You wrote in a New York Times op-ed about a male coworker drinking a shot of your breast milk on a dare. Do you have other examples of that more blatant harassment? In researching the book, because I wanted it to feel more current, I spoke to women who have my old job currently. In our interviews, they would say that that very frat boy behavior has toned down, that it's not everywhere, but then I'd get these emails that always started with, "Please don't use my name, but…"
Here's one example: We had these private dining rooms, where you could meet a client and have lunch if you're working on a deal you don't want to be making in public, which is common in corporate finance. This woman walked into the wrong room, and there's someone that she works with, having a little sexual encounter with someone else. They kind of laughed at her, and when she went out, the waiter apologized for not stopping her, saying it happened all the time.
For me, I felt like my things were mostly just like big brother, joke-y stuff. Once I had a baby, I'd have to get up and publicly walk [my breast pump] past lots and lots of desks. It was a joke; if someone noticed me, he would "moo," and then the other guys would "moo" also, and I would turn red. One other woman had a child. I came back after 12 weeks [of maternity leave] and she said, "You have to wean that baby," but I didn't want to, and so I just kept at it. And that wasn't the only difficult aspect of transitioning back to work after maternity leave: I returned and found a male coworker sitting at my desk, informing me that he'd be partner on some of my accounts.
But I will say many of the lawsuits you do see are things far more—they're women feeling threatened. Or groped. One of the lawyers I interviewed had so many stories, and these were things we'd never seen in the newspaper because they had settled. [At another bank,] there was a bet on who could make a woman's breasts move. They put their money on the table and one of them ran around and just grabbed her, and obviously made her move, and collected the money.
I'm curious about your experience coming back from maternity leave and being a nursing mom back at work and everything that happened with your breast milk. How did you weigh that experience when deciding whether to keep growing your family? You have four kids now, right? I do. I think women have this amazing ability to compartmentalize. What I've heard from so many working moms is that they're so much more efficient than before they had children. You get to work and you are working. You don't care about the chitter-chatter about what people did last night. And then when you go home, you're all in, also. For me, I felt like there was some judgment from coworkers after the birth of my second child, like some of the people I worked with expected me to be staying at home with my kids, and that made me a little sad. When you're working alongside men in high-paying jobs, whose wives might have the luxury of not needing to work, there's sometimes a judgment there—"My wife is at home with the kids."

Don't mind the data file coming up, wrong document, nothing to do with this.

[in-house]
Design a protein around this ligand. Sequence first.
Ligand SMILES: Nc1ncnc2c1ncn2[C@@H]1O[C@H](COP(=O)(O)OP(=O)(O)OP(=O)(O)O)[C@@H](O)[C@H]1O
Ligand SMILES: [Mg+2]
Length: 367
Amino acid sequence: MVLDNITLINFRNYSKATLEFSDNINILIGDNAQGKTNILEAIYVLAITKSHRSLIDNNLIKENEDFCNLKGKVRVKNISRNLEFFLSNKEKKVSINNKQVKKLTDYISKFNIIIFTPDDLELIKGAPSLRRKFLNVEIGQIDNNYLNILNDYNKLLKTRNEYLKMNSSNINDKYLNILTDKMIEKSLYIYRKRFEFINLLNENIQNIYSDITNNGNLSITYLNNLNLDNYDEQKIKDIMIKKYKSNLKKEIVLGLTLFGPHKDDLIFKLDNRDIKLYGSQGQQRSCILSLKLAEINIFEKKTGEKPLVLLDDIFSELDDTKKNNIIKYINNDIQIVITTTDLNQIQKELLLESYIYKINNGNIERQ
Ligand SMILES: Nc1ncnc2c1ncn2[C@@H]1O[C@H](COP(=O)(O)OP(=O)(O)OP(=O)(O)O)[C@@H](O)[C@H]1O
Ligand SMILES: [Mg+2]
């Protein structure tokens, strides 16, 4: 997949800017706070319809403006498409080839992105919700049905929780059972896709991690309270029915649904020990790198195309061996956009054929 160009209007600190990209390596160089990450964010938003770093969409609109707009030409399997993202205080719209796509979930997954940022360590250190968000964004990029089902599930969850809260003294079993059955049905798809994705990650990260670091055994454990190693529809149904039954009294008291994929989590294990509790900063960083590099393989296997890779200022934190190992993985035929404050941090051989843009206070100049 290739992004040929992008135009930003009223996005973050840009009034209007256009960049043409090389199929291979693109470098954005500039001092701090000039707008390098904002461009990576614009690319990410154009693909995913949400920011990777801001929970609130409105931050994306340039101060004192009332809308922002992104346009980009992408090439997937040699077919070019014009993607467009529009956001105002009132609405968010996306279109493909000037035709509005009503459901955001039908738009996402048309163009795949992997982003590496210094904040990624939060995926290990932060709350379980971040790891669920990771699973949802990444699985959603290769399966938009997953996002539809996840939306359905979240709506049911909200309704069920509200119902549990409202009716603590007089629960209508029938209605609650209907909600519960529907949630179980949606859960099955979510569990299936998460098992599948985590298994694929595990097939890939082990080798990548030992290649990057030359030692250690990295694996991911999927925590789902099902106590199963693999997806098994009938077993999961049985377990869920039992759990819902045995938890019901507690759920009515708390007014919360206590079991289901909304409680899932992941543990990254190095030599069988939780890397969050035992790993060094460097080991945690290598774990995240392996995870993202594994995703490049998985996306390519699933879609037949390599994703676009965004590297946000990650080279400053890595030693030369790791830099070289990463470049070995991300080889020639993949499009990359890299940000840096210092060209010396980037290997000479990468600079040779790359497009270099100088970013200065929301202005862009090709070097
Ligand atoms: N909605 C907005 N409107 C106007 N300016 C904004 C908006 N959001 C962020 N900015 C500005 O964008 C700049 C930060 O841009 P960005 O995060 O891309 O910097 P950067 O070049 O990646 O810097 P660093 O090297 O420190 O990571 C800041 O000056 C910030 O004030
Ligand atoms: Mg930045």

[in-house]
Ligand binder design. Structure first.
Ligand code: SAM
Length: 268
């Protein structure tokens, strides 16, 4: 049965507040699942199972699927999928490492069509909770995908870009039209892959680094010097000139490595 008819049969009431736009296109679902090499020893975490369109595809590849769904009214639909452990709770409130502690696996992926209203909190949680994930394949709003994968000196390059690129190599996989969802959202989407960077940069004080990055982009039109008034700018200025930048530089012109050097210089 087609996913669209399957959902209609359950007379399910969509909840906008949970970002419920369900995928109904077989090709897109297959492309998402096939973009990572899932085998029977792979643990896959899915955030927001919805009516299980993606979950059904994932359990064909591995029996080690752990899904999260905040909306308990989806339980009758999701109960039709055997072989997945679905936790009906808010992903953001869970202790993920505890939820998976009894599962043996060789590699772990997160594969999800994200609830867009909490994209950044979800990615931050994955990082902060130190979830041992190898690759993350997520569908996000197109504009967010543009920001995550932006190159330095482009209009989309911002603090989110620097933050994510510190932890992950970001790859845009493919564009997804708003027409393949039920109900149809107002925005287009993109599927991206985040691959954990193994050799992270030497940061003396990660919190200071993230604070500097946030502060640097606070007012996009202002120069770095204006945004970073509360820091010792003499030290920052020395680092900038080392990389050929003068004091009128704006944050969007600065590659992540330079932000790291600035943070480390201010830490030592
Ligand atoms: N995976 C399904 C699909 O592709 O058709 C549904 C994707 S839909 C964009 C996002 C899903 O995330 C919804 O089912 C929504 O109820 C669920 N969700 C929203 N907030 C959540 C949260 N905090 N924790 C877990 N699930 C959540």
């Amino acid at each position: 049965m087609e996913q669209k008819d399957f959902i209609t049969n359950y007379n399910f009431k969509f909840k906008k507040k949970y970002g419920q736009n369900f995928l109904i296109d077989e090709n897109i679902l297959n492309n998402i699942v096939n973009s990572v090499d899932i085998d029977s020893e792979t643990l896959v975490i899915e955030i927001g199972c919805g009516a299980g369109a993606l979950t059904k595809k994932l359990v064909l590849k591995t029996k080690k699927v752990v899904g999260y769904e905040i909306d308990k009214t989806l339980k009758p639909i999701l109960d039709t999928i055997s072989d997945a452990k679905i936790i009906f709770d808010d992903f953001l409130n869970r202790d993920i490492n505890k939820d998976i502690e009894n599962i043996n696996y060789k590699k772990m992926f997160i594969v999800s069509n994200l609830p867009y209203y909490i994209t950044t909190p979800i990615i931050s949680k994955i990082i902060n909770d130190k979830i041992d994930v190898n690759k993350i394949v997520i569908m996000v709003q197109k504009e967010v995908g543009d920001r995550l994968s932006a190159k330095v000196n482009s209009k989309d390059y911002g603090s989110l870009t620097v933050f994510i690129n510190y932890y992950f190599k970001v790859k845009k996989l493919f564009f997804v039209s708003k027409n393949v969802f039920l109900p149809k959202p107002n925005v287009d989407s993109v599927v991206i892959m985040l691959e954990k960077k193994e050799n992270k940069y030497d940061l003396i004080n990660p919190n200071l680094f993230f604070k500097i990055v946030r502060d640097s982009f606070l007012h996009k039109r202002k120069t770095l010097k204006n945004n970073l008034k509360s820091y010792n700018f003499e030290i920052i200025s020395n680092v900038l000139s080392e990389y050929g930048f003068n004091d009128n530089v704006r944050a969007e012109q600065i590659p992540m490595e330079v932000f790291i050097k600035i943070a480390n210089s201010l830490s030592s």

One of the women I spoke with a few months ago said something heartbreaking to me. She has a 2-year-old and loves her job. Another woman on her trading floor had a baby and at the end of her maternity leave came back and said she wouldn't be returning. So they gave her a little party, and their mutual boss stood up and said, "It's so great; 'Jane' is leaving, but she's doing the right thing." And the woman I was talking to said that tears just came to her eyes with this guilt because her boss obviously thought moms belonged at home with their children, and it made her wonder what her boss was really thinking about her every day.
What advice would you give to a young woman entering the field? To be communicative. To be open, to find people who are more senior than you who you can connect with and learn from. Not in a "Will you formally be my mentor?" sense, but someone that you're comfortable asking questions of. I've heard so many times that women are their own worst enemy, and I've seen that play out. They'll turn on each other very quickly, and so I hope that gets better, and young women who are already in the workplace are cognizant of the people behind them looking up to them and maybe wanting a few minutes of their time each day. That will make them stronger.